Miles Davis : Milestone
Miles Davis : Milestone
Miles Davis (trumpet, piano), Cannonball Adderley (alto sax), John Coltrane (tenor sax), Red Garland (piano), Paul Chambers (bass), Philly Joe Jones (drums)
Mobile Fidelity Records : LP 180 gram
Limited edition : 2,500 printings
Brand New and Sealed Record
A1 - Dr. Jekyll
A2 - Sid’s Ahead
A3 - Two Bass Hit
B1 - Milestones
B2 - Billy Boy
B3 - Straight, No Chaser
Recorded on February 4 and March 4, 1958 at Columbia 30th Street Studio, New York City
Milestones is one of Davis' first forays into the developing modal jazz experiments – with his composition "Milestones", listed on the original LP issue as "Miles". (This modal piece is not to be confused with the earlier composition with the same title recorded by Davis and Charlie Parker in 1947.) These modal techniques were continued and expanded on the groundbreaking album Kind of Blue. It was also the last time the rhythm section of Philly Joe Jones, Red Garland and Paul Chambers played with Davis on record.
Tenor saxophonist John Coltrane's return to Davis' group in 1958 coincided with the "modal phase" albums : Milestones and Kind of Blue (1959) are both considered essential examples of 1950s modern jazz. Davis at this point was experimenting with modes – scale patterns other than major and minor.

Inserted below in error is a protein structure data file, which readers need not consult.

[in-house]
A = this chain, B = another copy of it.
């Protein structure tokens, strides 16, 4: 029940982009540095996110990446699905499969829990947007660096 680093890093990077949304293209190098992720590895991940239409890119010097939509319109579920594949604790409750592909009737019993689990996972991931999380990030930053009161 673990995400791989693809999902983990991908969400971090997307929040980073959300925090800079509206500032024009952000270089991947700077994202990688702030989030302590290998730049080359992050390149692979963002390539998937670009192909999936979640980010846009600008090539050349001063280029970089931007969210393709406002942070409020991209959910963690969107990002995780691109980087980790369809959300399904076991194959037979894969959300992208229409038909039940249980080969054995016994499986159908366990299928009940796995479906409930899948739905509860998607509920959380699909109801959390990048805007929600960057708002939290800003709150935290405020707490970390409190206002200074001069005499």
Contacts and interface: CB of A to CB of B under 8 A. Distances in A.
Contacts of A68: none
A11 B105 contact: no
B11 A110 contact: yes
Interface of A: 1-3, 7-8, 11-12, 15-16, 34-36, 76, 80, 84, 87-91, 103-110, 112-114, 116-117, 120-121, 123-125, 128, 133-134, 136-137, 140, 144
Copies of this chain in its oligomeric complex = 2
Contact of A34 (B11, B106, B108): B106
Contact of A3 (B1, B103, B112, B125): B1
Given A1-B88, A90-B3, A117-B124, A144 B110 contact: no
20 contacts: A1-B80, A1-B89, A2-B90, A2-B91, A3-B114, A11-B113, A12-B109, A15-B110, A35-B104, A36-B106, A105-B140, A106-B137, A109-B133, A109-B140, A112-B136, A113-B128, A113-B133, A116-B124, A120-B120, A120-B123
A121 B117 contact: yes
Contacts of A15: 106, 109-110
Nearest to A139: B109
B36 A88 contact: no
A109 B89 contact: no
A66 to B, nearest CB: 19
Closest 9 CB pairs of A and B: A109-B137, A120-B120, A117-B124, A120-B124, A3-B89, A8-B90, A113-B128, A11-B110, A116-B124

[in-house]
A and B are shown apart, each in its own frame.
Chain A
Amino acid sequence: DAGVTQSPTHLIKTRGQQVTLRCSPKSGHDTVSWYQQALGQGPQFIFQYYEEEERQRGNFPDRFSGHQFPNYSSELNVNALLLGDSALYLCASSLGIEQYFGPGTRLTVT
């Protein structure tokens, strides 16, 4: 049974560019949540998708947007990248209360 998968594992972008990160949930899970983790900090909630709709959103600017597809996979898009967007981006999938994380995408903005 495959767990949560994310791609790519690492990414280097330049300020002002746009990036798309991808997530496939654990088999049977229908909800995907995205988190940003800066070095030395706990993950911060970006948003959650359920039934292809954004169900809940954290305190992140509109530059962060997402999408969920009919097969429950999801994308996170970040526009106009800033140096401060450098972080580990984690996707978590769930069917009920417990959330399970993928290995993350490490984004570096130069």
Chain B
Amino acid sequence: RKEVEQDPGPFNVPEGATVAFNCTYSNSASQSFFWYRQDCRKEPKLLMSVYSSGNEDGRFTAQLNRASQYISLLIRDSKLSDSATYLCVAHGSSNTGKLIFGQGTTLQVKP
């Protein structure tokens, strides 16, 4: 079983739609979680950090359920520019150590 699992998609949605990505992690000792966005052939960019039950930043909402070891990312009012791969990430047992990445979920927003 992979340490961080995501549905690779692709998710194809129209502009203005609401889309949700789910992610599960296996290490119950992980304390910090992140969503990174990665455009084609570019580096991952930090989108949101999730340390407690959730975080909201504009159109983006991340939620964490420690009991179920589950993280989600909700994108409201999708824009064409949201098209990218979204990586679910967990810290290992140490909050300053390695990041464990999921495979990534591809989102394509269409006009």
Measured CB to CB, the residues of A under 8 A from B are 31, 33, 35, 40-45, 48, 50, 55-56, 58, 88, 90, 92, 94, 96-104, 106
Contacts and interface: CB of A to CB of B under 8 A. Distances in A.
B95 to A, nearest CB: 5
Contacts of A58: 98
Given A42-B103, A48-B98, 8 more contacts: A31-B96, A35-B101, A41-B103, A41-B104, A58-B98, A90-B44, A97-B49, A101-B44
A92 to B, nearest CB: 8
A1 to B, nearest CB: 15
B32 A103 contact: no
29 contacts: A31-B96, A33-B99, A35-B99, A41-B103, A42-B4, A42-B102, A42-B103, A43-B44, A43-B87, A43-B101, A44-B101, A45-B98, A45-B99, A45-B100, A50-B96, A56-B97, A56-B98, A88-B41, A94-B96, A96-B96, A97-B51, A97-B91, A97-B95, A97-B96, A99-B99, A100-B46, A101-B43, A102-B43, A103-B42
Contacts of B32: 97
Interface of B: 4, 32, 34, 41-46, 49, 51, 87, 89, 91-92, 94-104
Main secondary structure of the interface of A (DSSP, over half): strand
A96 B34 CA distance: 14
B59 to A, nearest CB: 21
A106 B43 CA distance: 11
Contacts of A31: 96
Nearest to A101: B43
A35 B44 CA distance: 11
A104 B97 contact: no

Davis plays both trumpet and piano on "Sid's Ahead". He plays trumpet in the ensemble passages and solos on trumpet but switches to piano to accompany the saxophonists in Garland's absence. "Billy Boy" is a solo feature for Garland and the rhythm section.
Davis’ burnished trumpet? Rendered in three-dimensional perspective, coaxing his mates out to play with unburdened zest and commotion. Coltrane’s trademark saxophone? Witness it in life-size proportion, his solos working in tandem with and against the driving rhythms. Garland’s swaggering piano lines? Visualize the 88 keys as he hits full stride, the chords and fills slithering around skeletal frameworks.
If anything, Milestones is as famous for its title track as the players that produced it. The launching pad for many of Davis’ (and later, his contemporaries’) improvisational flights, the singular piece invites the tessellated explorations Coltrane would forever chase as well as the headliner’s argyle solo work, who broaches territories that far exceed what he had done with his bop-rooted past. Every song is a highlight, whether it’s the bravado “No Jackle,” featuring a hot-foot pace and bebop strains, or “Sid’s Ahead,” which continues the album’s blues theme while tossing around edgy harmonics and inside-out structures.
Then there’s “Straight, No Chaser,” the absolutely definitive rendition of Thelonious Monk’s signature piece. Coltrane’s marbled playing pulls at the tune’s lobed borders, Adderley takes liberty with solos, and Davis dances around his mates, at one point quoting “When the Saints Go Marching In” while demonstrating his knowledge of tradition and eye towards the future. A milestone if there ever was. And now, in resplendent mono.
This Mobile Fidelity LP was remastered using pure analogue components only, from the original analogue studio tapes through to the cutting head, and was pressed with virgin vinyl at RTI.